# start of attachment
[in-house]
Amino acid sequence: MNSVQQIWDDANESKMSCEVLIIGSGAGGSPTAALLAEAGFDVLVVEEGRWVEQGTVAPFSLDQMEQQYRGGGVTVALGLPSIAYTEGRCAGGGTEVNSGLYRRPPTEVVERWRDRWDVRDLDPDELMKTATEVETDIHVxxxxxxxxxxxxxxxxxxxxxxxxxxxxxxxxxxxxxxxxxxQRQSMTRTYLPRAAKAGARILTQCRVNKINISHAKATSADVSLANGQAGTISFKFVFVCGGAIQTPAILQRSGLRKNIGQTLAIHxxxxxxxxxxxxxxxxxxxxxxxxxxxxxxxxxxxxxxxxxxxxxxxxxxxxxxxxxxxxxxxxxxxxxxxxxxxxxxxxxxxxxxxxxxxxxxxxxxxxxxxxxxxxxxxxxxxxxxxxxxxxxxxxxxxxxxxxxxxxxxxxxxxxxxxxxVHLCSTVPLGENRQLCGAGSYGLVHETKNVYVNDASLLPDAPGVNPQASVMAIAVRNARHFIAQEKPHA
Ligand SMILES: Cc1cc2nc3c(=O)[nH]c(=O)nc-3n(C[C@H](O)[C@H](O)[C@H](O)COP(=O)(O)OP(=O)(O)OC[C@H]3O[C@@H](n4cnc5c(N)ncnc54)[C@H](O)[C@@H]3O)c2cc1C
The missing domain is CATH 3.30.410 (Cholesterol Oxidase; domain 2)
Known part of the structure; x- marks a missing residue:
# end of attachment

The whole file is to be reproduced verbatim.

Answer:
[in-house]
Amino acid sequence: MNSVQQIWDDANESKMSCEVLIIGSGAGGSPTAALLAEAGFDVLVVEEGRWVEQGTVAPFSLDQMEQQYRGGGVTVALGLPSIAYTEGRCAGGGTEVNSGLYRRPPTEVVERWRDRWDVRDLDPDELMKTATEVETDIHVxxxxxxxxxxxxxxxxxxxxxxxxxxxxxxxxxxxxxxxxxxQRQSMTRTYLPRAAKAGARILTQCRVNKINISHAKATSADVSLANGQAGTISFKFVFVCGGAIQTPAILQRSGLRKNIGQTLAIHxxxxxxxxxxxxxxxxxxxxxxxxxxxxxxxxxxxxxxxxxxxxxxxxxxxxxxxxxxxxxxxxxxxxxxxxxxxxxxxxxxxxxxxxxxxxxxxxxxxxxxxxxxxxxxxxxxxxxxxxxxxxxxxxxxxxxxxxxxxxxxxxxxxxxxxxxVHLCSTVPLGENRQLCGAGSYGLVHETKNVYVNDASLLPDAPGVNPQASVMAIAVRNARHFIAQEKPHA
Ligand SMILES: Cc1cc2nc3c(=O)[nH]c(=O)nc-3n(C[C@H](O)[C@H](O)[C@H](O)COP(=O)(O)OP(=O)(O)OC[C@H]3O[C@@H](n4cnc5c(N)ncnc54)[C@H](O)[C@@H]3O)c2cc1C
The missing domain is CATH 3.30.410 (Cholesterol Oxidase; domain 2)
Known part of the structure; x- marks a missing residue: